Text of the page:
Animal Behaviour
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#1Longhui Zhao (Hainan Normal University)
#2Tongliang Wang (Hainan Normal University)H-Index: 3
Last. Jichao Wang (Hainan Normal University)
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Human activities worldwide are increasingly releasing low-frequency noise into the environment. Anthropogenic noise imposes a novel stress for wild animals and has become an increasing global concern. Many animals have been found to mitigate noise disturbance by modifying their acoustic parameters, yet the calling behaviours of species that breed near airports have not been explored in detail, especially for amphibians. Here, we measured the environmental noise of a swamp close to the runway at ...
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#1Leslie Ng (University of Melbourne)H-Index: 2
#2Jair E. Garcia (RMIT: RMIT University)H-Index: 18
Last. Adrian G. Dyer (Monash University)H-Index: 37
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The degree to which miniature-brained insects make individual adjustments in response to changing conditions remains unclear. Honey bees, Apis mellifera, are an important insect model and have been shown to make individual speed–accuracy trade-offs, but it is currently not known whether they can adjust speed–accuracy strategies to solve tasks in dynamic ecological contexts. Further, it is unclear how they may behave when facing unsolvable or impossible tasks. We therefore tested whether honey be...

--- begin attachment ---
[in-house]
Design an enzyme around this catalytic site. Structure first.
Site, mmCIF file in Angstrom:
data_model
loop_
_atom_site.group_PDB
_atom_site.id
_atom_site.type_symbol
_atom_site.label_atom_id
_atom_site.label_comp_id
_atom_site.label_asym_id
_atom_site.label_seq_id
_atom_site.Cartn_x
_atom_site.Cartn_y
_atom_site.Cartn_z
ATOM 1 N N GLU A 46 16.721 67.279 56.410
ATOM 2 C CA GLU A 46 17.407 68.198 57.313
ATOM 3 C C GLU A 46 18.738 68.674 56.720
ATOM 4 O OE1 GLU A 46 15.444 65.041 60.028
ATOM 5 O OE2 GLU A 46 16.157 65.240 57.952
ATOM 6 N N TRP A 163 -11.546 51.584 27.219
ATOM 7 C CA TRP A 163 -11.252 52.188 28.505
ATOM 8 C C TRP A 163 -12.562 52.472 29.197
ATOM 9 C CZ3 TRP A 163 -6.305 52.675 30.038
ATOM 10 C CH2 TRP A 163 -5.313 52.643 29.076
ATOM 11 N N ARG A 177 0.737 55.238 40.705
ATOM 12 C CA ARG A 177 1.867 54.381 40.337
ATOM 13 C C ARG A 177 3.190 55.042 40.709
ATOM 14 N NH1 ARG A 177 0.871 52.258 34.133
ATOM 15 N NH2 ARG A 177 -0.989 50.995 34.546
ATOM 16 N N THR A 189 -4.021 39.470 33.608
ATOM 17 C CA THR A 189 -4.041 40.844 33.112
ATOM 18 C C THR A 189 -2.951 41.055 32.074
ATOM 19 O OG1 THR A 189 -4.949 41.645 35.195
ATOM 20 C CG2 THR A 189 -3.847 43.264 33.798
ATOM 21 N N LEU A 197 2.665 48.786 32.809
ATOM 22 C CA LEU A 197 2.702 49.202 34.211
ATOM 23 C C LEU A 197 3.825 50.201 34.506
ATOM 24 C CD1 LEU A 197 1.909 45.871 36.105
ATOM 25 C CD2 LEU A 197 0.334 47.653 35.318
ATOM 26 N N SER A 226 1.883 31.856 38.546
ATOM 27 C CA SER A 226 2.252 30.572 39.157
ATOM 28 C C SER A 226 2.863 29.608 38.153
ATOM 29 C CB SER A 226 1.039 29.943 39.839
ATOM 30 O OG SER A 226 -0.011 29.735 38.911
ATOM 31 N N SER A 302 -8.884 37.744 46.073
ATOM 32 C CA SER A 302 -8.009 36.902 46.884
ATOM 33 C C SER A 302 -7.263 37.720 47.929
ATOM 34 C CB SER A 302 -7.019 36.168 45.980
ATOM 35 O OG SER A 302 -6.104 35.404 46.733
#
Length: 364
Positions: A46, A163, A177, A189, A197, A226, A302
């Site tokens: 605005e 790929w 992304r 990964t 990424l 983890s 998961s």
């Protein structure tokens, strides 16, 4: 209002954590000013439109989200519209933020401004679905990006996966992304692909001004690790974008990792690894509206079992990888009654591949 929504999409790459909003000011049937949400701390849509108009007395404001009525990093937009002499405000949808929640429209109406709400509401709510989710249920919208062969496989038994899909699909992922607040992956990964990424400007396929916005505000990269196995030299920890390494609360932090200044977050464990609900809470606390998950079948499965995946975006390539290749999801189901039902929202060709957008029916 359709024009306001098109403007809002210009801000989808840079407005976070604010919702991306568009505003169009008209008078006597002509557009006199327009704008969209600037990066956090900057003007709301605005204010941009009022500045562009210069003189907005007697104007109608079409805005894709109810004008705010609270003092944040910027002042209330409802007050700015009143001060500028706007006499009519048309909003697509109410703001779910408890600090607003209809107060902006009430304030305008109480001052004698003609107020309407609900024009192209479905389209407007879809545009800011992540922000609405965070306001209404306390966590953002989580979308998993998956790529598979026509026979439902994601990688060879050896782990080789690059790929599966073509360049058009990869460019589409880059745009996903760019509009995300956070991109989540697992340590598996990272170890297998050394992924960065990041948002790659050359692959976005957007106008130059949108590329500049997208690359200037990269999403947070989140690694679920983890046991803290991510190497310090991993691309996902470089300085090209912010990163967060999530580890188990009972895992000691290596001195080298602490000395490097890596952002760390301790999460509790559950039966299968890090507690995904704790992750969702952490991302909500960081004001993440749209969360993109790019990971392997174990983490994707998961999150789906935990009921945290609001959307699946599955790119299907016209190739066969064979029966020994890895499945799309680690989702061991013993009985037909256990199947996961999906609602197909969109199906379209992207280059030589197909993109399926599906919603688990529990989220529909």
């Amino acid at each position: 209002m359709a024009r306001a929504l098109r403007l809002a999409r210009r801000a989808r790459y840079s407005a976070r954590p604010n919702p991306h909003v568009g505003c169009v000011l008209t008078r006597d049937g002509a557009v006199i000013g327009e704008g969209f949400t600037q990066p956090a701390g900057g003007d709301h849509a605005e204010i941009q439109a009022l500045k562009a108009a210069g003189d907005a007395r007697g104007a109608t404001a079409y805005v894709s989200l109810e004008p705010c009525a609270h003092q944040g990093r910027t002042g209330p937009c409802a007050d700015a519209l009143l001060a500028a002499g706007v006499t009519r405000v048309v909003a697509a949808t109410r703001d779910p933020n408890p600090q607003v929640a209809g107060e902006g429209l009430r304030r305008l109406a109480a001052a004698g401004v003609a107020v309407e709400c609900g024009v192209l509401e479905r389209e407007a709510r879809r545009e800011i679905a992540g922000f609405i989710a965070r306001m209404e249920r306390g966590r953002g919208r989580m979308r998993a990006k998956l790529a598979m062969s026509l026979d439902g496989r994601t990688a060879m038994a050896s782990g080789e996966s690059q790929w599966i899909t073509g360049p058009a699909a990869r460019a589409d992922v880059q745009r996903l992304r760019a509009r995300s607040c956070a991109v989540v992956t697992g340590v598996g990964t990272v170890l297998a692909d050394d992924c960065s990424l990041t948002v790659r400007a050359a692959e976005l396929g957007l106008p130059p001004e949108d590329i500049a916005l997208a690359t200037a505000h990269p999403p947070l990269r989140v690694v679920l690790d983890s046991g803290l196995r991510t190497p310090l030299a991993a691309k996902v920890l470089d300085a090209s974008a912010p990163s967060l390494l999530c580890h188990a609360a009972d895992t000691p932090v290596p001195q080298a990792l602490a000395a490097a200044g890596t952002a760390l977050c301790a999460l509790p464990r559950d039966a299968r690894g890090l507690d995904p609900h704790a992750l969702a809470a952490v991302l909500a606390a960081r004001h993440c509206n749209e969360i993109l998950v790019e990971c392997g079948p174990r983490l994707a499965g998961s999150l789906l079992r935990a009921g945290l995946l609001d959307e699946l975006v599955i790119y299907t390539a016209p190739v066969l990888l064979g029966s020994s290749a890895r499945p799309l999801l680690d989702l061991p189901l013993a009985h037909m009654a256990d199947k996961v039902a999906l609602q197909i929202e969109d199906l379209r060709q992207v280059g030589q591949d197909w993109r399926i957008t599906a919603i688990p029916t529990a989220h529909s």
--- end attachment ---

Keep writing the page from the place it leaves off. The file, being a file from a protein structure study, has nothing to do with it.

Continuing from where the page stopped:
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#1Anne-Sophie Bonnet-Lebrun (NERC: Natural Environment Research Council)H-Index: 6
#2Julien Collet (University of Oxford)H-Index: 6
Last. Richard A. Phillips (NERC: Natural Environment Research Council)H-Index: 71
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Foraging site selection and site fidelity can have implications for many ecological processes. The degree of site fidelity differs greatly not just between species but also within populations. Some of this variation may be explained by a win-stay–lose-shift (WSLS) strategy, where an individual returns to its most recent foraging area only if the previous visit was profitable. However, the use and adaptive value of this strategy have mostly been tested in captivity, largely because of the difficu...
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#1Aneesh P. H. Bose (MPG: Max Planck Society)H-Index: 9
#2Paul Nührenberg (MPG: Max Planck Society)H-Index: 2